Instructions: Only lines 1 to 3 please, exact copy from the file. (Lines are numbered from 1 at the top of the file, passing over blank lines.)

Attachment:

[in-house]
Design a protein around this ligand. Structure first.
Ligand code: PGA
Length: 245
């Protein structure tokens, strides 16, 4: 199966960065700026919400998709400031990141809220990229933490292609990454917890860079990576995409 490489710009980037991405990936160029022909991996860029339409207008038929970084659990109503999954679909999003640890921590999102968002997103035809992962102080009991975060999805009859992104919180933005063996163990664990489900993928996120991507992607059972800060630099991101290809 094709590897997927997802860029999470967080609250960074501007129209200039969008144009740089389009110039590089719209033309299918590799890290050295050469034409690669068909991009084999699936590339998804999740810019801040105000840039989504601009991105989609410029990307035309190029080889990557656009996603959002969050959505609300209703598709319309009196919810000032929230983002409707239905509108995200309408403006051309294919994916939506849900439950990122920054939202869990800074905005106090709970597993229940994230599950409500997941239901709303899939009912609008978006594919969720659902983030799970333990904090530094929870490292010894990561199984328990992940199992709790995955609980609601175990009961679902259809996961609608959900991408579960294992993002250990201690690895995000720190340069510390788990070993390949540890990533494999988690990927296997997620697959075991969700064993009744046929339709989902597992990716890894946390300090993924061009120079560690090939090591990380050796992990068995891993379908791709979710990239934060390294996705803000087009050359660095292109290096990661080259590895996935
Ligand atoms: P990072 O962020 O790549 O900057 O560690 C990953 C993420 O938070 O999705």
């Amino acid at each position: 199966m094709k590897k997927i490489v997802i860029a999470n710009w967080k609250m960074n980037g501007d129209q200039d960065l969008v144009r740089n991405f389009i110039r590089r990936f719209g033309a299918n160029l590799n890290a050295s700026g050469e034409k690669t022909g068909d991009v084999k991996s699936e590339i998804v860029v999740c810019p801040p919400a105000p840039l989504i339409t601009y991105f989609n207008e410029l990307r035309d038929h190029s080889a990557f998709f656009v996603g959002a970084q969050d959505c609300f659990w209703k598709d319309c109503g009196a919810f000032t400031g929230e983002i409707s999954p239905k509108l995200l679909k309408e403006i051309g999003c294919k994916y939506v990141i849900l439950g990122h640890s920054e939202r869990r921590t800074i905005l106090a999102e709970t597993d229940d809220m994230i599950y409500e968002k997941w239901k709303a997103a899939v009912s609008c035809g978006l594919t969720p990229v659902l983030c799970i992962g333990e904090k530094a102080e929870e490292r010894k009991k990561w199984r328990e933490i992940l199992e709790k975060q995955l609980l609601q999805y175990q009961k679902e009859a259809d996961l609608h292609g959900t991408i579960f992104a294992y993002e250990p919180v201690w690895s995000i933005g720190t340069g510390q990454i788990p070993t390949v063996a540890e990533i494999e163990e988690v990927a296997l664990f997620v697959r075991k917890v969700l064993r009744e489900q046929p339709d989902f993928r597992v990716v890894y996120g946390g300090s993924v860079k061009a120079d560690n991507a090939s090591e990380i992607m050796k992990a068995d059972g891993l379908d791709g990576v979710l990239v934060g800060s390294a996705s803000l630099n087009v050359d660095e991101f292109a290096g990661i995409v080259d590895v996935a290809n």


[in-house]
Design a protein around this ligand. Structure first.
Ligand code: PGA